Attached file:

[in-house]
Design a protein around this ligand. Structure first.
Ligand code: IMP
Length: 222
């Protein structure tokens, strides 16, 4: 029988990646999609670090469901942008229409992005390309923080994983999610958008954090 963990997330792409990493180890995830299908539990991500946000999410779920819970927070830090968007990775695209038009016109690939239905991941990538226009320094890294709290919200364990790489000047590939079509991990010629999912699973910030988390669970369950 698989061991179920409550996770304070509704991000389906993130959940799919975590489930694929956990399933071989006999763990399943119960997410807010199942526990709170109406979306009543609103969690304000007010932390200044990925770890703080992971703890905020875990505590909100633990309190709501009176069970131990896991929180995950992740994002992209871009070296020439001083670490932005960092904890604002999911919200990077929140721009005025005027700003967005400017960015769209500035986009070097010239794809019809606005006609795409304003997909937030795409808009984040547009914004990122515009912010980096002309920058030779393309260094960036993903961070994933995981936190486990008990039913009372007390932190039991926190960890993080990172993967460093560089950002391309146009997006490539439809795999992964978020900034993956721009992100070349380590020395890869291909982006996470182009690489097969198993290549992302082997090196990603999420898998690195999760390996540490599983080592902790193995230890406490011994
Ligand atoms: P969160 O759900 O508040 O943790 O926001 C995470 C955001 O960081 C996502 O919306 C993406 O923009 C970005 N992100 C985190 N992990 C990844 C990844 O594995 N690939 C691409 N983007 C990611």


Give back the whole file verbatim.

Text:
[in-house]
Design a protein around this ligand. Structure first.
Ligand code: IMP
Length: 222
């Protein structure tokens, strides 16, 4: 029988990646999609670090469901942008229409992005390309923080994983999610958008954090 963990997330792409990493180890995830299908539990991500946000999410779920819970927070830090968007990775695209038009016109690939239905991941990538226009320094890294709290919200364990790489000047590939079509991990010629999912699973910030988390669970369950 698989061991179920409550996770304070509704991000389906993130959940799919975590489930694929956990399933071989006999763990399943119960997410807010199942526990709170109406979306009543609103969690304000007010932390200044990925770890703080992971703890905020875990505590909100633990309190709501009176069970131990896991929180995950992740994002992209871009070296020439001083670490932005960092904890604002999911919200990077929140721009005025005027700003967005400017960015769209500035986009070097010239794809019809606005006609795409304003997909937030795409808009984040547009914004990122515009912010980096002309920058030779393309260094960036993903961070994933995981936190486990008990039913009372007390932190039991926190960890993080990172993967460093560089950002391309146009997006490539439809795999992964978020900034993956721009992100070349380590020395890869291909982006996470182009690489097969198993290549992302082997090196990603999420898998690195999760390996540490599983080592902790193995230890406490011994
Ligand atoms: P969160 O759900 O508040 O943790 O926001 C995470 C955001 O960081 C996502 O919306 C993406 O923009 C970005 N992100 C985190 N992990 C990844 C990844 O594995 N690939 C691409 N983007 C990611």